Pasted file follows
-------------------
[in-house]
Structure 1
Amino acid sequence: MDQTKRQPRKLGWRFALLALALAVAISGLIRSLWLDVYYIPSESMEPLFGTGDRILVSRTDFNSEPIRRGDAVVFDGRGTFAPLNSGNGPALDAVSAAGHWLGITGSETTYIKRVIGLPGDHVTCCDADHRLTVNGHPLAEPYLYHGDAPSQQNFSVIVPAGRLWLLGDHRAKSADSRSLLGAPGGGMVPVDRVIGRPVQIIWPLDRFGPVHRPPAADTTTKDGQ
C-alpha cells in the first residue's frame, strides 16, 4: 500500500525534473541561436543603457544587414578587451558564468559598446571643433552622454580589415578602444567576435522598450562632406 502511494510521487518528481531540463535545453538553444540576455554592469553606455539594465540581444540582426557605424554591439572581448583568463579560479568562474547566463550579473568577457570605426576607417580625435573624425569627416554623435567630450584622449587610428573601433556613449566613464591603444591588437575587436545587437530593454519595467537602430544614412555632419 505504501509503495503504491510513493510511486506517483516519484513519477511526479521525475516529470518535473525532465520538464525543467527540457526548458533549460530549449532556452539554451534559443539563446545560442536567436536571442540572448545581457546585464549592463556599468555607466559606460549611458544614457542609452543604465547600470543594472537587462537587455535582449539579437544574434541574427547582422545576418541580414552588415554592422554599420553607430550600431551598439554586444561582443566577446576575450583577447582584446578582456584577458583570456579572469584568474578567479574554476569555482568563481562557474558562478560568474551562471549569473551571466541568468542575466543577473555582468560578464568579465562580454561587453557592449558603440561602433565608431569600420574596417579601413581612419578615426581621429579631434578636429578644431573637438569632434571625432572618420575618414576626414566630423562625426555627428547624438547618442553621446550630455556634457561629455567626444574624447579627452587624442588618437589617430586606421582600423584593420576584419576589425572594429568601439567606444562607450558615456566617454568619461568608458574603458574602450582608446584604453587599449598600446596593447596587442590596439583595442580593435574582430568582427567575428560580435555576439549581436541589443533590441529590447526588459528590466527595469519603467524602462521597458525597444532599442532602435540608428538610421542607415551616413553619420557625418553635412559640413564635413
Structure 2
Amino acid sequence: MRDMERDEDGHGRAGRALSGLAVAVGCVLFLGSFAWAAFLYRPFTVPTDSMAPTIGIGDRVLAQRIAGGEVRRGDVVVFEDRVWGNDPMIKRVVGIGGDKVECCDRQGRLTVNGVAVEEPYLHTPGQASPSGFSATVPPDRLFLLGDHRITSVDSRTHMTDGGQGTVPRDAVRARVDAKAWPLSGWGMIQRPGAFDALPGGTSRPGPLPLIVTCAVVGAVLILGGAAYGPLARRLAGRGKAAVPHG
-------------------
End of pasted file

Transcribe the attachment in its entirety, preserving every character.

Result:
[in-house]
Structure 1
Amino acid sequence: MDQTKRQPRKLGWRFALLALALAVAISGLIRSLWLDVYYIPSESMEPLFGTGDRILVSRTDFNSEPIRRGDAVVFDGRGTFAPLNSGNGPALDAVSAAGHWLGITGSETTYIKRVIGLPGDHVTCCDADHRLTVNGHPLAEPYLYHGDAPSQQNFSVIVPAGRLWLLGDHRAKSADSRSLLGAPGGGMVPVDRVIGRPVQIIWPLDRFGPVHRPPAADTTTKDGQ
C-alpha cells in the first residue's frame, strides 16, 4: 500500500525534473541561436543603457544587414578587451558564468559598446571643433552622454580589415578602444567576435522598450562632406 502511494510521487518528481531540463535545453538553444540576455554592469553606455539594465540581444540582426557605424554591439572581448583568463579560479568562474547566463550579473568577457570605426576607417580625435573624425569627416554623435567630450584622449587610428573601433556613449566613464591603444591588437575587436545587437530593454519595467537602430544614412555632419 505504501509503495503504491510513493510511486506517483516519484513519477511526479521525475516529470518535473525532465520538464525543467527540457526548458533549460530549449532556452539554451534559443539563446545560442536567436536571442540572448545581457546585464549592463556599468555607466559606460549611458544614457542609452543604465547600470543594472537587462537587455535582449539579437544574434541574427547582422545576418541580414552588415554592422554599420553607430550600431551598439554586444561582443566577446576575450583577447582584446578582456584577458583570456579572469584568474578567479574554476569555482568563481562557474558562478560568474551562471549569473551571466541568468542575466543577473555582468560578464568579465562580454561587453557592449558603440561602433565608431569600420574596417579601413581612419578615426581621429579631434578636429578644431573637438569632434571625432572618420575618414576626414566630423562625426555627428547624438547618442553621446550630455556634457561629455567626444574624447579627452587624442588618437589617430586606421582600423584593420576584419576589425572594429568601439567606444562607450558615456566617454568619461568608458574603458574602450582608446584604453587599449598600446596593447596587442590596439583595442580593435574582430568582427567575428560580435555576439549581436541589443533590441529590447526588459528590466527595469519603467524602462521597458525597444532599442532602435540608428538610421542607415551616413553619420557625418553635412559640413564635413
Structure 2
Amino acid sequence: MRDMERDEDGHGRAGRALSGLAVAVGCVLFLGSFAWAAFLYRPFTVPTDSMAPTIGIGDRVLAQRIAGGEVRRGDVVVFEDRVWGNDPMIKRVVGIGGDKVECCDRQGRLTVNGVAVEEPYLHTPGQASPSGFSATVPPDRLFLLGDHRITSVDSRTHMTDGGQGTVPRDAVRARVDAKAWPLSGWGMIQRPGAFDALPGGTSRPGPLPLIVTCAVVGAVLILGGAAYGPLARRLAGRGKAAVPHG